Nearly two-thirds of Californians have experienced the kinds of childhood trauma shown to cause health problems such as heart disease and cancer later in life, according to a report released this week.

The findings are the latest evidence in a line of inquiry pioneered in San Diego — one that links early exposure to abusive behavior with lasting health consequences.

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Sen. Boxer visits O.C. to discuss medical errors
Orange County Register

Ask the guy next door what the three leading causes of death in America are, and he will likely nail the first two: heart disease and cancer.

But for the third, “They’ll say something that’s so far off,” Sen. Barbara Boxer said Friday, speaking to reporters during a tour of Children’s Hospital of Orange County in Santa Ana.

The third cause: medical errors. Largely preventable, such hospital errors as infections, injuries from falls and bedsores are estimated to kill as many as 440,000 people per year – more than strokes and accidents combined.

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Many Latinos shun Obamacare for fear of getting relatives deported
Los Angeles Times

Lilian Saldana turned down Obamacare coverage once, and she might do it again.

With sign-ups set to resume Saturday, the 23-year-old Covina resident and her younger sister are hesitant to enroll because their parents are immigrants who are not citizens and therefore ineligible for benefits under the Affordable Care Act.

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Local hospitals get kudos for work on pressure ulcers
Sacramento Bee

Sometimes, an innovative surgery is only the first step in saving a patient. The second might be something as basic as changing their mattress material or the way they sit, to prevent the formation of a life-threatening bedsore.

Bedsores – also known as pressure ulcers – are lesions caused by unrelieved pressure, often over a part of the body where the bone lies directly beneath the skin, such as in the heel, sacrum or head.

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Medical device company NeoTract gets a bureaucratic lift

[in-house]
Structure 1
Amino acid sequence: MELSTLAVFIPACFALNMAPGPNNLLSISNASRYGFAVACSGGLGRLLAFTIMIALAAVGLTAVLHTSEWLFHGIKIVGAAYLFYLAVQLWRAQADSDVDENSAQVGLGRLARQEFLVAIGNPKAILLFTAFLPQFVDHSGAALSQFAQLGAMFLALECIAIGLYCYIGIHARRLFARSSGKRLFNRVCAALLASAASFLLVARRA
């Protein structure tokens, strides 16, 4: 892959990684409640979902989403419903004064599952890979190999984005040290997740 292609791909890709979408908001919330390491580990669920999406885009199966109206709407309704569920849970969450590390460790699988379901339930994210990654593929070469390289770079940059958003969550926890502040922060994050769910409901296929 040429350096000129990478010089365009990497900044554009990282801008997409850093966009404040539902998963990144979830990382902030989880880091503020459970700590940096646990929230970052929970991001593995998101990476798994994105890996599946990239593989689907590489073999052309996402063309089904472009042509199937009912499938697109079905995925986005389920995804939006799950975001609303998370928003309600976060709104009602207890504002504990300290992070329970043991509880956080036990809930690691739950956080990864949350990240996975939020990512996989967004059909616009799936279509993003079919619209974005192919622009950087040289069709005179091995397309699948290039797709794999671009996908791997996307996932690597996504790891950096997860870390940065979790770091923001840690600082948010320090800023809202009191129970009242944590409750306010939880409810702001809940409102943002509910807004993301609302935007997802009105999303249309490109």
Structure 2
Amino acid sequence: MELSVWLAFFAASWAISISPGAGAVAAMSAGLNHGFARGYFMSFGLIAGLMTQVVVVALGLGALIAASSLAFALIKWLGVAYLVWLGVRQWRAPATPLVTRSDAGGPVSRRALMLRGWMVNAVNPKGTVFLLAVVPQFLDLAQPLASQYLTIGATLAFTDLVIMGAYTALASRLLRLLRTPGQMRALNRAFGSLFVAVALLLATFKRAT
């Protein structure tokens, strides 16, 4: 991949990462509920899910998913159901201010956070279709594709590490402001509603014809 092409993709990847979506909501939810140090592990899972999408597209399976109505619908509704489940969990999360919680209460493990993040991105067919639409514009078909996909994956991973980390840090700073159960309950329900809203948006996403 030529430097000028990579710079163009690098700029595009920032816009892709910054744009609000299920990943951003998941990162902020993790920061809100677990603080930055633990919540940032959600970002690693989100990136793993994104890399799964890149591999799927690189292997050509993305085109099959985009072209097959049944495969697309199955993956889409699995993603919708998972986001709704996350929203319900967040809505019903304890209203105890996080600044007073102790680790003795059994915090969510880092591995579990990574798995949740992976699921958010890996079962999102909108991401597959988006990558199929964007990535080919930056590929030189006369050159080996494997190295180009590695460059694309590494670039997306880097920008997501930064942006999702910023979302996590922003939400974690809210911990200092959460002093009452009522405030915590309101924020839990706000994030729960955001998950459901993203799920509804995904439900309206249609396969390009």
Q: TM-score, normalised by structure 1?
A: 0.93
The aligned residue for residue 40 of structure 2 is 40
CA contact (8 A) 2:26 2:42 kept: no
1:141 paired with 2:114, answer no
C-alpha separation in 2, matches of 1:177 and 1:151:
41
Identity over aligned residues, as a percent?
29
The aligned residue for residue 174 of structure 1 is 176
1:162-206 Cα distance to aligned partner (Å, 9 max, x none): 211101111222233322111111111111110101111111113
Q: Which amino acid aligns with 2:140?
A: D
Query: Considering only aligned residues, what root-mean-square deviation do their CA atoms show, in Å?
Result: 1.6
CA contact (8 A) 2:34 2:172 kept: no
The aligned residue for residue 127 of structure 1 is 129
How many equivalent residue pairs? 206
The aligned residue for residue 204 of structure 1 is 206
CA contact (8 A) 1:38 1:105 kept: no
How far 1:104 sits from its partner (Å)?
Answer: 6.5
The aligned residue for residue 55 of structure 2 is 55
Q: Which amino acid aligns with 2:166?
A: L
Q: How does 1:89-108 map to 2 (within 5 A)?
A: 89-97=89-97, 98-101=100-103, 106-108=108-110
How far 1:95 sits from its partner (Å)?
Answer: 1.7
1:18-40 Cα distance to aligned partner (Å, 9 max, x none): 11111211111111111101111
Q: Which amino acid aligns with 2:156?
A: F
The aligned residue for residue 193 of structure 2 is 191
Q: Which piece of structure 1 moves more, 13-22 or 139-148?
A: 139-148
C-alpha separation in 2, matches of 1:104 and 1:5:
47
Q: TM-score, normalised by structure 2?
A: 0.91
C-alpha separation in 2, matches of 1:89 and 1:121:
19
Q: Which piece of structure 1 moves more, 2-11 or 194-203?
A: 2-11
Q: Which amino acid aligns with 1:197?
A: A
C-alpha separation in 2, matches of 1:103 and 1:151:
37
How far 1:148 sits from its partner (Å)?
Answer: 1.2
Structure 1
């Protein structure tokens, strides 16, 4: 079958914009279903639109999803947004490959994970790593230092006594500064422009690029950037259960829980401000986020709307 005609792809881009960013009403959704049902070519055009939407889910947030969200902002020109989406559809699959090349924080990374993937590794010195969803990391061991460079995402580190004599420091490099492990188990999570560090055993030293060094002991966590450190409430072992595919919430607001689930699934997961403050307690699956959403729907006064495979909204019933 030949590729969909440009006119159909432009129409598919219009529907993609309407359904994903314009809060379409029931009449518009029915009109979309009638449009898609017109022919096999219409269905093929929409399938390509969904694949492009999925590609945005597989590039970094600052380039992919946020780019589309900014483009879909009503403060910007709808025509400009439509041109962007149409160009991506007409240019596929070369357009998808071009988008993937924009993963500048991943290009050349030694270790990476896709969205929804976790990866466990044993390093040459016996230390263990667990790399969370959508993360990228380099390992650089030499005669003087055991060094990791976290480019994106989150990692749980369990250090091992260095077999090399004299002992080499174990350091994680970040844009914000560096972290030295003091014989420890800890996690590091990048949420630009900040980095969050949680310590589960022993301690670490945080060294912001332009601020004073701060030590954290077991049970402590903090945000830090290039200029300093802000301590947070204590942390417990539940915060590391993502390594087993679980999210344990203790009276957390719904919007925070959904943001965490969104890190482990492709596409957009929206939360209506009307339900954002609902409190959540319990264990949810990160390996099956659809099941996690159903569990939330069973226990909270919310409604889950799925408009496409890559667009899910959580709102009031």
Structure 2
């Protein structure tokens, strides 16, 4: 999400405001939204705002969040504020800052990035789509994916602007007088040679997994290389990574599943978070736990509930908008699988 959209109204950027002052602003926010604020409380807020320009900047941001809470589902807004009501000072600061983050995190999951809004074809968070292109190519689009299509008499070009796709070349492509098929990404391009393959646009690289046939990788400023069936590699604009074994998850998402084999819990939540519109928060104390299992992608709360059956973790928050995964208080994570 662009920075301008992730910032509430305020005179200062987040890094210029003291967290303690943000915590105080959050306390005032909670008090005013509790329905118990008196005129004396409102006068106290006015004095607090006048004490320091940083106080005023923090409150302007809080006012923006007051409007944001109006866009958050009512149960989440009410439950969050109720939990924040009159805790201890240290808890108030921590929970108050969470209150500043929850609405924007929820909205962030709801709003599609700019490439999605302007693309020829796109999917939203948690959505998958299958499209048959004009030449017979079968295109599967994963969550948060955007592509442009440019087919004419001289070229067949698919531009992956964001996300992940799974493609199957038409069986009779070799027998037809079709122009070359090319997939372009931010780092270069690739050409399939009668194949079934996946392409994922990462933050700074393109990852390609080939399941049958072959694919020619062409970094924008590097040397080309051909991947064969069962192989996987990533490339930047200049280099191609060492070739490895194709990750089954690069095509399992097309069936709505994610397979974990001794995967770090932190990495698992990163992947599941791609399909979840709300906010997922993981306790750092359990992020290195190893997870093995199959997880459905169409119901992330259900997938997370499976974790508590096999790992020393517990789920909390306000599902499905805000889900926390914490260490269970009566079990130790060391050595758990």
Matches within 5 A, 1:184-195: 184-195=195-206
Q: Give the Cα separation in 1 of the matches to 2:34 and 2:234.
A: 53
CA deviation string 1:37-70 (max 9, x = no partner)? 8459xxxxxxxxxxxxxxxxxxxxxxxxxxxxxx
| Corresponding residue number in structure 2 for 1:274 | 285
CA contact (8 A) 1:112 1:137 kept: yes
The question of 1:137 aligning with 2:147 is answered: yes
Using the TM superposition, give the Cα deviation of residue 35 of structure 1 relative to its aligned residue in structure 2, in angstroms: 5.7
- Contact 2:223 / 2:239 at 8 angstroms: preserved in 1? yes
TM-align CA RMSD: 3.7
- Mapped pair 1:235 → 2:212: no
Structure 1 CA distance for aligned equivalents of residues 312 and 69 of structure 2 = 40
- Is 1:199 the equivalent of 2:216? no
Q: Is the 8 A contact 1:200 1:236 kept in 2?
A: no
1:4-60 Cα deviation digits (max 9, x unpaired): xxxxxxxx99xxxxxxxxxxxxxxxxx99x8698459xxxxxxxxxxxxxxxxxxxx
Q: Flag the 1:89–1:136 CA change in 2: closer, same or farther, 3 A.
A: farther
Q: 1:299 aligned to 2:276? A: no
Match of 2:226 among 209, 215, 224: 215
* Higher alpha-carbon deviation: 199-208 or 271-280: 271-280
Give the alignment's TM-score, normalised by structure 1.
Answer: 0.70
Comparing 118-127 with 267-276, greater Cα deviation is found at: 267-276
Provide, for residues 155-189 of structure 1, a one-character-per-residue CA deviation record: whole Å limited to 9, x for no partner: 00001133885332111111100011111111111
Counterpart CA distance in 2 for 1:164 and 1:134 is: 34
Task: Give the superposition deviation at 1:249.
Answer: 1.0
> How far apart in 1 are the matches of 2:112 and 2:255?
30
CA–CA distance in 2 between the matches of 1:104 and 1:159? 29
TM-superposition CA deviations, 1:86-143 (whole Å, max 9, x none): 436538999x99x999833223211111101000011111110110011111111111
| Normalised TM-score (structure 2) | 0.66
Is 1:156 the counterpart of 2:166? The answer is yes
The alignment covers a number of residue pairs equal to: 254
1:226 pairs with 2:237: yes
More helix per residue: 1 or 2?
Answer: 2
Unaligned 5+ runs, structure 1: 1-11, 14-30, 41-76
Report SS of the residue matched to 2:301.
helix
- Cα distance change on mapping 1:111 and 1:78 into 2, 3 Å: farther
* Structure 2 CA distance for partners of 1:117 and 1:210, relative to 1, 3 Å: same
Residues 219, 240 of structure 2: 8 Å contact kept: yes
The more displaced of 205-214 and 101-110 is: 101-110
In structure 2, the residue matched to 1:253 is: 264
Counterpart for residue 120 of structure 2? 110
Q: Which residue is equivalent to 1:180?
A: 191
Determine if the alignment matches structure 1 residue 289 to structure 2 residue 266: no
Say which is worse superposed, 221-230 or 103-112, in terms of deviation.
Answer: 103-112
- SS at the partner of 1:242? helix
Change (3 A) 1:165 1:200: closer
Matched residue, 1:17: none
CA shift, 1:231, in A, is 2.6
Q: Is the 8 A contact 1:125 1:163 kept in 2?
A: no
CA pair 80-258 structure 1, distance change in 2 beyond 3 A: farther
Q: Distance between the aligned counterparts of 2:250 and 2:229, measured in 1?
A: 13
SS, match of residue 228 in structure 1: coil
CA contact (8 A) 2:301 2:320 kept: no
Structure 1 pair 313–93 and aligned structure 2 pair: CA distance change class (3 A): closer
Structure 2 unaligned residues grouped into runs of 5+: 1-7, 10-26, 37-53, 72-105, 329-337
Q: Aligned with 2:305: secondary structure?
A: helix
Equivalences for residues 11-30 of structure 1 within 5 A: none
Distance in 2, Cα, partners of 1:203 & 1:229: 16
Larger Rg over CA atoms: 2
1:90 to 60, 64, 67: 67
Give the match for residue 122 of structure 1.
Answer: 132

San Francisco Business Times

A Pleasanton company whose implanted medical device opens the urinary tract for men with an enlarged prostate won a key government payment decision, the company said Monday.

The Centers for Medicare and Medicaid Services approved so-called terminology codes for UroLift, a system developed by privately held NeoTract Inc. that is designed to treat a condition known as benign prostatic hyperplasia, or BPH.

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Doctors to sell offices around Memorial
North Bay Business Journal

A group of physicians formerly connected to Redwood Regional Medical Group, which merged with St. Joseph Health earlier this year, are selling 61,500 square feet of medical office buildings, mostly next to the care provider’s Memorial Hospital.

The doctors are offering eight buildings on Sotoyome Street next to the hospital, plus a building each in Petaluma and Ukiah. The buildings are 95 percent leased.

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Kaiser Permanente adds 422,000 enrollees year to date, as profits soar
San Francisco Business Times

Profits at the giant Kaiser Permanente nonprofit health-care system jumped 41 percent through 2014’s first three quarters to $3.1 billion, and soared 57 percent in Q3 to nearly $1 billion, Kaiser’s hospital and health plan subsidiaries said Friday, in large part because of strong enrollment growth linked to the Affordable Care Act.

The Oakland-based health behemoth also added 422,000 new enrollees through the year’s first nine months, ending Sept. 30. It now has a total of to 9.5 million enrollees in eight states and the District of Columbia.

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Santa Ana summit focuses on women’s health
Orange County Register

More than 100 health care providers – physicians, nurses, hospitals and community health centers – as well as educators, activists and community members attended the third annual Orange County Women’s Health Policy Summit recently at the Delhi Center in Santa Ana, hosted by the Orange County Women’s Health Project.

OCWHP is a nonprofit collaborative launched to address the lack of coordination and focused attention on women’s health issues in Orange County.

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Electronic Medical Records, Built For Efficiency, Often Backfire
National Public Radio

Electronic medical records were supposed to usher in the future of medicine.

Prescriptions would be beamed to the pharmacy. A doctor could call up patients’ medical histories anywhere, anytime. Nurses and doctors could easily find patients’ old lab results or last X-rays to see what how they’re doing. The computer system could warn doctors about dangerous drug combinations before it was too late.

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New health mandates pose problems in the field
Cabinet Report

As school district officials work to comply with the Legislature’s annual onslaught of new education laws, two health-related mandates are causing particular concerns for those charged with carrying out new eye testing and issuing protocols for anaphylactic shock treatment.

At issue with SB 1172 is language suggesting that the electronic photo screening equipment used to detect near-vision issues be used under the supervision of an eye doctor.